Estimated read time: 3-4 minutes
This archived news story is available only for your personal, non-commercial use. Information in the story may be outdated or superseded by additional information. Reading or replaying the story in its archived form does not constitute a republication of the story.
SALT LAKE CITY — The Utah Department of Health won a $3.76 million grant from the Centers for Disease Control and Prevention to fight prescription painkiller overdose deaths.
Under the terms of the grant, the department's Violence and Injury Prevention Program will receive $940,000 a year over the next four years to battle what the CDC calls a "prescription drug overdose epidemic."
"We've been seeing an increase in our prescription opioid deaths since 2010, so we're trying to gear up a lot of efforts to bring that rate down," said Anna Fondario, an injury epidemiologist at the department's Violence and Injury Prevention Program.
Fondario said Utah is ranked fifth in the nation for drug overdose deaths, most of which are caused by prescription drugs.
According to preliminary health department data, 289 people died from prescription opioids in Utah last year — about 24 people a month. That's up slightly from 2013, when 274 people in Utah died from overdosing on painkillers.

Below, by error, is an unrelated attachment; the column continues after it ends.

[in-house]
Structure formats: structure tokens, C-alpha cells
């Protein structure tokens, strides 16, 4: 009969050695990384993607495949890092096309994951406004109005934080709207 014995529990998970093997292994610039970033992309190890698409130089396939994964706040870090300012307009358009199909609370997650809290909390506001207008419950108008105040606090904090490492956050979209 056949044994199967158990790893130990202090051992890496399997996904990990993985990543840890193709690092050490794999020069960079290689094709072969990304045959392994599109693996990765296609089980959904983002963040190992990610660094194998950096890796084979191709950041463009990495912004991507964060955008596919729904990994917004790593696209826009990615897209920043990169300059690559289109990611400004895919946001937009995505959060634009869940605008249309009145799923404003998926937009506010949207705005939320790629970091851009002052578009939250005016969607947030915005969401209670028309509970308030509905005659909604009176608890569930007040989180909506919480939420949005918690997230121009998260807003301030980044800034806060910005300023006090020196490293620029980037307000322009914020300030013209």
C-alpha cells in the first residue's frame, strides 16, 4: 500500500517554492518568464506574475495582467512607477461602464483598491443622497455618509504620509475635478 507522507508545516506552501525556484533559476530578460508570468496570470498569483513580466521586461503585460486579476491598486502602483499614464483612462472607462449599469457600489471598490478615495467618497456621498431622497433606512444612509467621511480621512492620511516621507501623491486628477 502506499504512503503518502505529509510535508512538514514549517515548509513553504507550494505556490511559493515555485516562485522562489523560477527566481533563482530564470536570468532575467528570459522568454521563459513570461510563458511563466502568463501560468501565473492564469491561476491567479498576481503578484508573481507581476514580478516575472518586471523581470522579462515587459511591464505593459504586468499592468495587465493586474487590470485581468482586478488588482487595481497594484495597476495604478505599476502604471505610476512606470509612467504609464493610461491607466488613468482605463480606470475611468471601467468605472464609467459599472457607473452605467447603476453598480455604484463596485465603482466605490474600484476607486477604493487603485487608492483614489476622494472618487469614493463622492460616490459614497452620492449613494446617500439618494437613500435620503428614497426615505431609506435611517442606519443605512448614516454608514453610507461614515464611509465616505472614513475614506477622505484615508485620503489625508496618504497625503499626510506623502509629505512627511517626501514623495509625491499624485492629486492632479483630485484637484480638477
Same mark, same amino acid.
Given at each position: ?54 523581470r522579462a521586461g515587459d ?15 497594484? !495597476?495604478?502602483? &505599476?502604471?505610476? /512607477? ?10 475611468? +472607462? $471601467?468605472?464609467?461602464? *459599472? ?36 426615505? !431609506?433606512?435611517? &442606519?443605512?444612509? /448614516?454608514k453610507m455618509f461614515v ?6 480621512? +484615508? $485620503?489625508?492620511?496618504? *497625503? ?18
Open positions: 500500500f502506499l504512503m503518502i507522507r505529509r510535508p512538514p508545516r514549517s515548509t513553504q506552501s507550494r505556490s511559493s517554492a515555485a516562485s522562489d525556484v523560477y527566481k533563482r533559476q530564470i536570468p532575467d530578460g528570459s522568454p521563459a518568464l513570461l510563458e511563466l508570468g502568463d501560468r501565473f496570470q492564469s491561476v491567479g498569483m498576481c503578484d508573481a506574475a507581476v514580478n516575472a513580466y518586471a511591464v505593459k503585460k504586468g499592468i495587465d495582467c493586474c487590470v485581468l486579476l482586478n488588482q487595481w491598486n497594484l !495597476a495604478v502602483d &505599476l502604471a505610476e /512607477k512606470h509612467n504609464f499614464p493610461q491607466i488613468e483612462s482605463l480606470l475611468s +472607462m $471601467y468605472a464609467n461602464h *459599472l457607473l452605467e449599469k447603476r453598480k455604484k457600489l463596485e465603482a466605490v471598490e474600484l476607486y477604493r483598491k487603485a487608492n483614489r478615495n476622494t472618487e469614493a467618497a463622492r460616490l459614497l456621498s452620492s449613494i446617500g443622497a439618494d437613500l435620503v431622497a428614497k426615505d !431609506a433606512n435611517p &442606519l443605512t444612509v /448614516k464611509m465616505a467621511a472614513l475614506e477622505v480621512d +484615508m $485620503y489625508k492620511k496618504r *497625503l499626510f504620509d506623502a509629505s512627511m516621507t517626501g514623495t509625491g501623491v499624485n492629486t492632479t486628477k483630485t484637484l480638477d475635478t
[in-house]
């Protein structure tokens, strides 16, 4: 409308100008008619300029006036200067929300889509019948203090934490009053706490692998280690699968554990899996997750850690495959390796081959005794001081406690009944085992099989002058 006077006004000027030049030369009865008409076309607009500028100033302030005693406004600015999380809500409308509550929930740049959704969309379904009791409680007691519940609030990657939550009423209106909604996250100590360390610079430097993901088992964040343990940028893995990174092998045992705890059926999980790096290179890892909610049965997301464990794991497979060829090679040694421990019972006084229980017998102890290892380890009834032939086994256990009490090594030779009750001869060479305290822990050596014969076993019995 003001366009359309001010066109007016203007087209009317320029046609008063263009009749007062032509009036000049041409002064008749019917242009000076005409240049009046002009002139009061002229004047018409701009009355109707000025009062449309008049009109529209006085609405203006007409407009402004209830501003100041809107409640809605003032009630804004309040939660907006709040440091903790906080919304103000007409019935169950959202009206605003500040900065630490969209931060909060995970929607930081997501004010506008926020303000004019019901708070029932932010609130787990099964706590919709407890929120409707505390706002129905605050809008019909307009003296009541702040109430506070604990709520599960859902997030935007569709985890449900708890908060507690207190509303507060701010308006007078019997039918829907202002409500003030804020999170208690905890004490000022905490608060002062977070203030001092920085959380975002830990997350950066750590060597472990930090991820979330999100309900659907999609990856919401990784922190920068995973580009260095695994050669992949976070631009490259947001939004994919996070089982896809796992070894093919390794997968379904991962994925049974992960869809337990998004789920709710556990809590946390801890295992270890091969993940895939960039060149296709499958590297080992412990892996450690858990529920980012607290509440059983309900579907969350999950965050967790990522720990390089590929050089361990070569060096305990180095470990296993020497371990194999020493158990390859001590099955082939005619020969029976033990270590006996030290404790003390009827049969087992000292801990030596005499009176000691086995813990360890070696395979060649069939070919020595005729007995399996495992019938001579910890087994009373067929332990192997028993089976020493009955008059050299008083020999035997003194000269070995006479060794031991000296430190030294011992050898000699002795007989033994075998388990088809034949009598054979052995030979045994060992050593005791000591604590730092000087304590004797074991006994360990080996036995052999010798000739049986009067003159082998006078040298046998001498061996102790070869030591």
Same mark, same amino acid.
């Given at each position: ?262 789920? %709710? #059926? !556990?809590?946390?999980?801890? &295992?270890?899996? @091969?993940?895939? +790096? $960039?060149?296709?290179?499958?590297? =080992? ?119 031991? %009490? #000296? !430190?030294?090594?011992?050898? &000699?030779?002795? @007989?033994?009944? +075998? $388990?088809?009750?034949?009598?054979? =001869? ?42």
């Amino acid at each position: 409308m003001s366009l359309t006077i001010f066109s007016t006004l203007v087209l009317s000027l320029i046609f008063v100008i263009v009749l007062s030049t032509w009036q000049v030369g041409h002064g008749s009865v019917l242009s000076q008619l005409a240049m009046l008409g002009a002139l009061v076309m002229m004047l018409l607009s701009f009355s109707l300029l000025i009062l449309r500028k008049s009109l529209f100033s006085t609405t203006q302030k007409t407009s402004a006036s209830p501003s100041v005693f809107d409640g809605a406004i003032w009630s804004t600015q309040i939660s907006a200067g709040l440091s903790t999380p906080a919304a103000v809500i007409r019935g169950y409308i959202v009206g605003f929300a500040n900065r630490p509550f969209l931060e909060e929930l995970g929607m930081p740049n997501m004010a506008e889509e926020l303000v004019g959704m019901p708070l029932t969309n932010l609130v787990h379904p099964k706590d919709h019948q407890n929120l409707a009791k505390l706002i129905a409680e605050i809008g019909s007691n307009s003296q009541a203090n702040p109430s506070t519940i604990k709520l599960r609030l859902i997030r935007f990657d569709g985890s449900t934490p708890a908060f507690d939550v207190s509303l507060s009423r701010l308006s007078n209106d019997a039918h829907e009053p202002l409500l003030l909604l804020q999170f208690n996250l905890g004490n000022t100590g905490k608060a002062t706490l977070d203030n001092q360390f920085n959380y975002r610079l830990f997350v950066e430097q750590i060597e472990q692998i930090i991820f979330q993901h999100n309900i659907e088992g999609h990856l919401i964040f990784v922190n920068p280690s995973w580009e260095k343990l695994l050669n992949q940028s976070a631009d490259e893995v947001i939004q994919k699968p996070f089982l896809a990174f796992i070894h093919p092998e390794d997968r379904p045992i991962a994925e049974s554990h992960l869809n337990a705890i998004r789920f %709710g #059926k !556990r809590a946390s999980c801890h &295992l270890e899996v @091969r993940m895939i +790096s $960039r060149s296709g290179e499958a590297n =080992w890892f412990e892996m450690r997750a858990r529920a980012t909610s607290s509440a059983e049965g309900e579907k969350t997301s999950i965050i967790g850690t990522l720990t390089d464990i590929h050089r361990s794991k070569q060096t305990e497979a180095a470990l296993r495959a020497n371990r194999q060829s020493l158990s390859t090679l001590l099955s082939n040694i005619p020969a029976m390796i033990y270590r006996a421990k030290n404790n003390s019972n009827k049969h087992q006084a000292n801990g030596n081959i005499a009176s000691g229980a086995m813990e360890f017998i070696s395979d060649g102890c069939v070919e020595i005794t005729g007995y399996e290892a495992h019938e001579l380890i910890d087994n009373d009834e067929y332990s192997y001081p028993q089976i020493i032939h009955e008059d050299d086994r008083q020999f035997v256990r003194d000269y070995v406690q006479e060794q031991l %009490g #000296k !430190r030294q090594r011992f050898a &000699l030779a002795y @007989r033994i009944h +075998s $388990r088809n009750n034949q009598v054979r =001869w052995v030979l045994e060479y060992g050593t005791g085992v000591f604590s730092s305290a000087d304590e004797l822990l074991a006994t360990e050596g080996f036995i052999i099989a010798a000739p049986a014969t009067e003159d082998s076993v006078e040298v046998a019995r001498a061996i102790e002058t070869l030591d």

Fondario said the funds will be used to examine prescribing behavior, improve intervention efforts in high-risk communities and evaluate state policies that deal with prescription drugs.
Some of those priorities were requirements imposed by the CDC, she said.
For example, the CDC is requiring states that won grants to track prescribing behavior — including what kind of drugs are being prescribed and how much doctors are prescribing — so they can compare the data with other states, Fondario said.
The health department will also evaluate two laws passed last year, both sponsored by Rep. Carol Spackman Moss, D-Salt Lake City.
One law allows people to get a prescription for naloxone, a drug that can be administered via injection or nasal spray to reverse the effects of a drug overdose.
Previously, Utah doctors could only prescribe naloxone for personal use, but now anybody who is concerned about a friend or family member can get a naloxone kit.
The health department will also examine what some refer to as Utah's "good Samaritan" law, which grants immunity to those who report overdoses.
Unlike good Samaritan laws in other states, Utah's version doesn't make those 911 calls anonymous.
"We want to evaluate it to make sure it's being implemented how it's being implemented in other states, just to help us understand if we need to make some amendments to make sure that people feel comfortable and aware that if they're with someone who is overdosing, that they can call and not fear any kind of prosecution," Fondario said.
In addition, the department wants to develop a team to respond to emerging drug overdose trends based on real-time data, she said.
The CDC is committing $20 million in fiscal year 2015 to 16 states for the program.
Since 1999, overdose deaths involving prescription painkillers have quadrupled in the U.S., according to the CDC. In 2013, more than 16,000 people died after overdosing on painkillers.
Utahns wishing to dispose of prescription pain medication can find a list of drop box locations, as well as safe storage, use and disposal tips, at www.useonlyasdirected.org.
Daphne Chen is a reporter for the Deseret News and KSL.com. Contact her at email@example.com.